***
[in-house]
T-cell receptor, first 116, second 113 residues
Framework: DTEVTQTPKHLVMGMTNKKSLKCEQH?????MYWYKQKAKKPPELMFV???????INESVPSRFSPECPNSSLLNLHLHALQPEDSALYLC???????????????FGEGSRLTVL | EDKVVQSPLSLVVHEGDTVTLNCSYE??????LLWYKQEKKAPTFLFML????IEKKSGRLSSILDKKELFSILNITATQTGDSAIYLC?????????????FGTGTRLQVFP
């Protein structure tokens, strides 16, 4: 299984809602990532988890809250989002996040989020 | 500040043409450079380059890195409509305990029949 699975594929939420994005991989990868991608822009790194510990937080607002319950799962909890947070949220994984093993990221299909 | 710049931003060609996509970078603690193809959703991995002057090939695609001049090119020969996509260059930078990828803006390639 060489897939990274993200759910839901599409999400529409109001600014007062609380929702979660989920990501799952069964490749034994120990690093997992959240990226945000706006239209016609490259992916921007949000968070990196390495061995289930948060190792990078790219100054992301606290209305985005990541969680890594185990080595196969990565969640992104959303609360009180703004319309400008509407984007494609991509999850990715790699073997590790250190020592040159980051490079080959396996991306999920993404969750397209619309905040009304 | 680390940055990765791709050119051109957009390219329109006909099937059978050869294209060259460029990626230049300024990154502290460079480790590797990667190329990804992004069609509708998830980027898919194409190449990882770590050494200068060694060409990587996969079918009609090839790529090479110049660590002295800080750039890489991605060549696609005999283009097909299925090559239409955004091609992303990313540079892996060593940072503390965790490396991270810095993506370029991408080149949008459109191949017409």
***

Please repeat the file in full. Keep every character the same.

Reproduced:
[in-house]
T-cell receptor, first 116, second 113 residues
Framework: DTEVTQTPKHLVMGMTNKKSLKCEQH?????MYWYKQKAKKPPELMFV???????INESVPSRFSPECPNSSLLNLHLHALQPEDSALYLC???????????????FGEGSRLTVL | EDKVVQSPLSLVVHEGDTVTLNCSYE??????LLWYKQEKKAPTFLFML????IEKKSGRLSSILDKKELFSILNITATQTGDSAIYLC?????????????FGTGTRLQVFP
């Protein structure tokens, strides 16, 4: 299984809602990532988890809250989002996040989020 | 500040043409450079380059890195409509305990029949 699975594929939420994005991989990868991608822009790194510990937080607002319950799962909890947070949220994984093993990221299909 | 710049931003060609996509970078603690193809959703991995002057090939695609001049090119020969996509260059930078990828803006390639 060489897939990274993200759910839901599409999400529409109001600014007062609380929702979660989920990501799952069964490749034994120990690093997992959240990226945000706006239209016609490259992916921007949000968070990196390495061995289930948060190792990078790219100054992301606290209305985005990541969680890594185990080595196969990565969640992104959303609360009180703004319309400008509407984007494609991509999850990715790699073997590790250190020592040159980051490079080959396996991306999920993404969750397209619309905040009304 | 680390940055990765791709050119051109957009390219329109006909099937059978050869294209060259460029990626230049300024990154502290460079480790590797990667190329990804992004069609509708998830980027898919194409190449990882770590050494200068060694060409990587996969079918009609090839790529090479110049660590002295800080750039890489991605060549696609005999283009097909299925090559239409955004091609992303990313540079892996060593940072503390965790490396991270810095993506370029991408080149949008459109191949017409």